However, there is a 1942 Packard Custom Super Eight 180 Limousine that was used by Jose P. Laurel and Sergio Osmeña. The Packard 180, circa 1940, is powered by a 5.8-liter inline-eight cylinder engine. With an output of 160 hp, it was advertised as having the most powerful eight-cylinder engine in the world at the time.
Packard was at the top of the luxury car tree in the United States as early as 1915, when it launched the world’s first production V12 engine. It maintained its position through the 1920s.
A ’farm of cars’
Broadcaster Cito Beltran’s 1.2-hectare farm used to be the “retirement” home of many historically significant cars. Inquirer Motoring featured in 2005 his farm where the official parade car of Malacanang circa early ’40s–a 1941 Cadillac–used by Presidents Quezon, Osmena, Roxas and Quirino–rested. The Marcos, Quezon and Paredes cars were in dilapidated condition when Cito got hold of them. The Joseph Estrada car, on the other hand, was in running condition. At the time of the interview with Cito at his farm, that car’s body had been repaired and was being repainted.
As of press time, the status of all these historical cars that were in his farm are unknown as Cito himself said he “unloaded all the cars to private
restorers who have the means and interest.”
At Cito’s farm at the time were former Senator Quintin Paredes’ Chrysler Imperial 1956 car, the 1951 Chrysler Imperial Limousine, which former President Ferdinand Marcos and wife Imelda used as their wedding car in Baguio City, and Joseph Estrada’s limousine, which he and Fernando Poe Jr. bought when both were still young actors.
Marcos vs MacArthur
Inquirer Motoring picked up an interesting story about the Marcos wedding car. Stories have it that a 1951 Chrysler Imperial Limousine was about to be delivered in the Philippines. Gen. Douglas McArthur, who was in Asia at the time, reportedly wanted the same car.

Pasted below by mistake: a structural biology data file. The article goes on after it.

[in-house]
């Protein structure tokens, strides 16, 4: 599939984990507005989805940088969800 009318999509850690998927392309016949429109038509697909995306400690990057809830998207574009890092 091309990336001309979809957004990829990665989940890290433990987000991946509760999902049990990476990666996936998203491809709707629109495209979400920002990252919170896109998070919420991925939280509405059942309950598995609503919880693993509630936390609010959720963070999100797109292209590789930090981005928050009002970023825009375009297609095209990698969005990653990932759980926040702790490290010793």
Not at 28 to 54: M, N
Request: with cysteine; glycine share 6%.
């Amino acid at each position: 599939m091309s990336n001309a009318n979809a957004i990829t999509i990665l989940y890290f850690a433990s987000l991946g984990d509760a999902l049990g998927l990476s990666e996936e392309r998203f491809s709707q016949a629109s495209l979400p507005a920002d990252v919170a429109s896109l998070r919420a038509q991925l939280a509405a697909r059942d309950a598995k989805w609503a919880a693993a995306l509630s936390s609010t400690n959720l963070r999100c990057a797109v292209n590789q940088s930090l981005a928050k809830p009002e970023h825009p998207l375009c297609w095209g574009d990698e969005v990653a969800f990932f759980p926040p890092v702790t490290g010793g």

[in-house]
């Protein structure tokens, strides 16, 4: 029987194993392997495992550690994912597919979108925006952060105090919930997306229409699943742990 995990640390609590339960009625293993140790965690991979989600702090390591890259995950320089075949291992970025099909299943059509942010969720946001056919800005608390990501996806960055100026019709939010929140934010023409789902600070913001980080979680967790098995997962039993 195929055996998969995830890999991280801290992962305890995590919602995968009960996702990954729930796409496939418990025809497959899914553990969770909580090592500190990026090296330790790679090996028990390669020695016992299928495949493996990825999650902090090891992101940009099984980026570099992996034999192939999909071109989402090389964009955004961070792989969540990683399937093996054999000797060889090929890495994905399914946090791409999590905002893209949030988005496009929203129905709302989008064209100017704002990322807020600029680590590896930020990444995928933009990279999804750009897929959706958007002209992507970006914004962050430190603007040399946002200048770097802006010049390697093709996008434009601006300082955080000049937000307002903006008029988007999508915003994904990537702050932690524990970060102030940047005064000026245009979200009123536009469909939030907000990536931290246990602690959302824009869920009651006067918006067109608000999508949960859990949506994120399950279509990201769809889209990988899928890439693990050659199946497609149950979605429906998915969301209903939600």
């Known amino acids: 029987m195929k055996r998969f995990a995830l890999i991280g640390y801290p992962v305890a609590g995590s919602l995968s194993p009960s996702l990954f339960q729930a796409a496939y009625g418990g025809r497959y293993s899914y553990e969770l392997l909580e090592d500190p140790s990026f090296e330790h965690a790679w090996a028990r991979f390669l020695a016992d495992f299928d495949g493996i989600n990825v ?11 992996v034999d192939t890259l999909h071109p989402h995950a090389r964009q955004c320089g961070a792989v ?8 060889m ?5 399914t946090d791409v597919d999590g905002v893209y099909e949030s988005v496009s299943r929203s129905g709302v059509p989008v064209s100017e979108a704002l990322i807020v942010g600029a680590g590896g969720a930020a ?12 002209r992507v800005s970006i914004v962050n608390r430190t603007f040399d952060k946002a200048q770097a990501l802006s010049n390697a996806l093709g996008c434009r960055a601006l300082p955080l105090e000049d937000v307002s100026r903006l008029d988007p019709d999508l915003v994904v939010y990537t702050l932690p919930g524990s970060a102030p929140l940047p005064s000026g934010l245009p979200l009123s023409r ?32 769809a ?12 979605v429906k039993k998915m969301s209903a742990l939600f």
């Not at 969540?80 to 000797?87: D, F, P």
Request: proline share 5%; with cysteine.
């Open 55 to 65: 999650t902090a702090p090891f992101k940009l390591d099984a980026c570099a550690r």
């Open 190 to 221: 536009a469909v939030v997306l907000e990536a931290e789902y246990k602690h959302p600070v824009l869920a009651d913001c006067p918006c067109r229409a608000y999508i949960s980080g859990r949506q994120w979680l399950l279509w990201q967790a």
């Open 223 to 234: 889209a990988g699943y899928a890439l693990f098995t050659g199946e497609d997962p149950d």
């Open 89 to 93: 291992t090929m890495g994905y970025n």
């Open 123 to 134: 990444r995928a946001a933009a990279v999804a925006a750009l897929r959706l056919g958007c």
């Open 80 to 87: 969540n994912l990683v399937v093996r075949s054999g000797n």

Chrysler reportedly apologized to MacArthur and said a certain lady in Manila ordered before he did. And the manufacturer had to meet her order before his. That order happened to come from Michelle Syquia of the Syquia clan of jewelers.
“It was the Syquias who employed former President Ferdinand Marcos as a lawyer. One day, he borrowed the car for a wedding. And this was brought all the way to Baguio,” said
The 1956 Chrysler Imperial of Paredes was given to Beltran by Danding Cojuangco after its body repairs were done.
“I was supposed to buy it. When Danding Cojuangco learned about the car, he decided to buy it. When we met a few months later and I tried to persuade him to sell it to me, he gave it to me and joked, ’You just waited for me to repair it,’” Beltran quipped.
Now, if you want to see the automobiles that quite literally gave our presidents the ride to their destinies, visit the Presidential Car Museum at the
Quezon Memorial Circle. With its comprehensive gallery of cars used by the highest officials of the land, the displays include the 1947 Cadillac Series 75 Limousine of Manuel Roxas, the 1953 Chrysler Crown Imperial Limousine of Elpidio Quirino, the 1959 Cadillac DeVille of Diosdado Macapagal, the 1980 Lincoln Continental Mark VI Signature Series of Ferdinand E. Marcos, the 1986 Mercedes-Benz 500EL of Corazon C. Aquino, the 1986 Mercedes-Benz 500SEL Guard of Fidel V. Ramos, the 1993 Mercedes-Benz S600 of Joseph Ejercito Estrada, the 1993 Mercedes-Benz S600 Limousine V140 of Gloria Macapagal Arroyo, and many more.